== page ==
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Should I have refused the breathalyzer test when I was pulled over?

I got a DUI. My friend told me I should always refuse the breathalyzer but the officer told me that if I did I would automatically get my license suspended. So I did it and I failed the test. They arrested me and I spent the night in jail. Now I have to go to court to get this straightened out. Can I contest this in any way?

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    Francis John Cowhig | Universal Law Group, Inc.
    430 S. Garfield Avenue
    Alhambra, CA 91801
    (626) 308-9936
    Your question requires an attorney consultation. It is not a simple question that can be answered on this type of forum. There are many factors that would need to be considered and evaluated. I strongly suggest that you contact an experienced criminal defense attorney for a face-to-face consultation and give him/her all of the facts surrounding your arrest. He/she would then be in a better position to analyze your case and advise you of your options.
    Answer Applies to: California - Replied: 3/12/2013
    Jason Savela | Connell-Savela
    250 Arapahoe Avenue, Suite 301
    Boulder, CO 80302
    (303) 865-4545
    I say refuse everything until arrested (in cuffs) and then choose either blood or breath bc of the year long refusal suspension unless you are super drunk. There is an article on my website explaining my thoughts. You should contest it and try to get the best result you can. In response to your DUI Questions: I am a criminal defense attorney that focuses on DUI cases. If you would like to discuss your case, please contact me. Some important information- If you have been served with a Notice of Revocation, then you have 7 days to request a hearing.
    Answer Applies to: Colorado - Replied: 3/12/2013
    Patrick Mahaney | Law Office of Patrick Mahaney
    8244 Old Federal Road
    Montgomery, AL 36117
    (334) 277-3974
    Point of law - you were already under arrest when you took the breath test; you were not going to be released whatever the results. You are in very serious trouble, where you recognize it or not. Driving Under the Influence (DUI) laws are getting stricter with each passing year, and the consequences of conviction are increasingly severe. In 2011, the Alabama legislature passed two new get tough on DUI acts which require the sentencing court to impose even more severe punishment upon the convicted DUI offender. A DUI arrest is an offense that has very severe and often lifetime consequences. In Alabama, a DUI arrest triggers botha criminal case and a Department of Public Safety administrative case. Because even a first offense DUI arrest can lead to substantial fines, court costs, jail time, and mandatory driver license suspension or revocation, anyone arrested for a DUI offense needs a qualified and experienced attorney protecting their rights.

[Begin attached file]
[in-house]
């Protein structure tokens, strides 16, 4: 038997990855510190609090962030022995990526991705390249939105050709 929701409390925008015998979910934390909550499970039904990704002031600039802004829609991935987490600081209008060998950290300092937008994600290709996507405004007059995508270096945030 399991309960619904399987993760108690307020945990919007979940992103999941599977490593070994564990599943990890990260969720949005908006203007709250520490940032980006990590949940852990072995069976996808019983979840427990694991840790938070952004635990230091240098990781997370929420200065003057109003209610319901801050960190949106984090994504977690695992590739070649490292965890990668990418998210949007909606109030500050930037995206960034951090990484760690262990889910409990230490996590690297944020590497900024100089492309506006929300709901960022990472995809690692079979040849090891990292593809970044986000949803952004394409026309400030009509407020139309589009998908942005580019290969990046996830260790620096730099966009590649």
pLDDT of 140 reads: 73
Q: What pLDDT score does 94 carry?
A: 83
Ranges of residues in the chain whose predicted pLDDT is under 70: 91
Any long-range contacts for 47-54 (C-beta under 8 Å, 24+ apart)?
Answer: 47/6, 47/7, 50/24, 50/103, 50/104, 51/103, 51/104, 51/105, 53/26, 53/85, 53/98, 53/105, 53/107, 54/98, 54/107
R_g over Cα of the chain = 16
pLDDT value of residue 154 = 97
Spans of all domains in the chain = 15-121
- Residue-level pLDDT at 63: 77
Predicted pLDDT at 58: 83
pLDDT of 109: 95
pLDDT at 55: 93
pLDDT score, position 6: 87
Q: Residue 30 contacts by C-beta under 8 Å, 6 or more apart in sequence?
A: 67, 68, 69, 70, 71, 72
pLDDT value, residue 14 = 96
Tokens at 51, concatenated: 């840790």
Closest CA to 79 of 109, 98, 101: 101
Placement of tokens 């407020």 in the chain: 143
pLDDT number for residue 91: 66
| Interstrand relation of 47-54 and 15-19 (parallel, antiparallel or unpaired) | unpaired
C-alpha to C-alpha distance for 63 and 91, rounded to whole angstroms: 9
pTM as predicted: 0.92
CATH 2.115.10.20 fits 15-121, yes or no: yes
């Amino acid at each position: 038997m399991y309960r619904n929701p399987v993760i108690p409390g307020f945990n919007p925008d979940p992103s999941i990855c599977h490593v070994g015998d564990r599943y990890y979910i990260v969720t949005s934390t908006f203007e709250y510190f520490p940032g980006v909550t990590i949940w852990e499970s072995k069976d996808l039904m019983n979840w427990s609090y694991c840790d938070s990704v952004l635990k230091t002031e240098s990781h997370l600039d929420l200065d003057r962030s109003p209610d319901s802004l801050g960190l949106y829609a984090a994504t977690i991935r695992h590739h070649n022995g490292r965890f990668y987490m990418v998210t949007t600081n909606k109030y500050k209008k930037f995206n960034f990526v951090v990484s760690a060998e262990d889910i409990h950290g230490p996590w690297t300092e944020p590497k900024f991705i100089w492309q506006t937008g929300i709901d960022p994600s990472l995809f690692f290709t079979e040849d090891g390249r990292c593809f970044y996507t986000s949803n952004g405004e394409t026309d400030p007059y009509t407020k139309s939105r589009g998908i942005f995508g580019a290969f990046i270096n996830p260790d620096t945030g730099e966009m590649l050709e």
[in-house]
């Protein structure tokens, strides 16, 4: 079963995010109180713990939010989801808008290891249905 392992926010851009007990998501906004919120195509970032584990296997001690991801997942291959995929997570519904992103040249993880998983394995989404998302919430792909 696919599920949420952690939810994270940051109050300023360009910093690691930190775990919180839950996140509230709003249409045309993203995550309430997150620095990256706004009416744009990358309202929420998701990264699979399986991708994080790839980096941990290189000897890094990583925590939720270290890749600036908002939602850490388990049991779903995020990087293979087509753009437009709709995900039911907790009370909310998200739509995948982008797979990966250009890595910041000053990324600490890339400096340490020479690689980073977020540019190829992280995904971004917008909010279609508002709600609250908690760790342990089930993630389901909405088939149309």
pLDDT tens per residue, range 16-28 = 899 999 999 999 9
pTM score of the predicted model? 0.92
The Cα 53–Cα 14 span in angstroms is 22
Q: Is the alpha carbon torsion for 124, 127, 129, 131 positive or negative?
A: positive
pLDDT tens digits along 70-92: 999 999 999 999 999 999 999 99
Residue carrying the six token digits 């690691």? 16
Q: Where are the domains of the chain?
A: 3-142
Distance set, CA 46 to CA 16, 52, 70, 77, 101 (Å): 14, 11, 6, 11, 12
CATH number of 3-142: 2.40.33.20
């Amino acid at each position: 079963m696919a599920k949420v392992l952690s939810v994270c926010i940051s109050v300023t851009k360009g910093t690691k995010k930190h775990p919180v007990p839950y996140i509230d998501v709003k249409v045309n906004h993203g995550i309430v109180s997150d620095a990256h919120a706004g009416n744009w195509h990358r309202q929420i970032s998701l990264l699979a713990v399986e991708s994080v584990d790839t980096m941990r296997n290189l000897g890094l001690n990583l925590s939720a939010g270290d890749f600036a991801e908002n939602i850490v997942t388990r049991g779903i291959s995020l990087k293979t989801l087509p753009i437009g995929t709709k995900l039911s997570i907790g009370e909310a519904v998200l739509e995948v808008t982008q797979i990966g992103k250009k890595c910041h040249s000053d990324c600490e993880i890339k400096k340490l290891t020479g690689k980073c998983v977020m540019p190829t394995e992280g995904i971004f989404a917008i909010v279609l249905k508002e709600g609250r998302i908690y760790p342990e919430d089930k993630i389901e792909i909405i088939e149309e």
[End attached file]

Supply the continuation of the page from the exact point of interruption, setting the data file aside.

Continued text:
Answer Applies to: Alabama - Replied: 3/12/2013
    Steven Alpers | Steven Alpers
    39300 Civic Center Drive #110
    Fremont, CA 94538
    (510) 792-5110
    No. You would lose your license for refusing a breath test.
    Answer Applies to: California - Replied: 3/12/2013
    Laurie Schmidt | Law Offices of Laurie A. Schmidt, P.C.
    Law Offices of Laurie A. Schmidt, P.C.
    Denver, CO 80203
    (303) 747-4686
    Colorado has an implied consent to a chemical test law in Colorado Revised Statute 42-1301.01. This requires you to submit to either a blood alcohol test or breath alcohol test upon request of an officer who has probable cause to arrest you for driving under the influence of alcohol. If you refuse the evidentiary test, the DMV could suspend your license for a year. During a DUI stop, you are not required to submit to the field sobriety tests and you do not have to answer any of the officer's questions. If the officer believes that he/she has sufficient probable cause to believe you are under the influence of alcohol, then you must submit to a chemical test.
    Answer Applies to: Colorado - Replied: 3/12/2013
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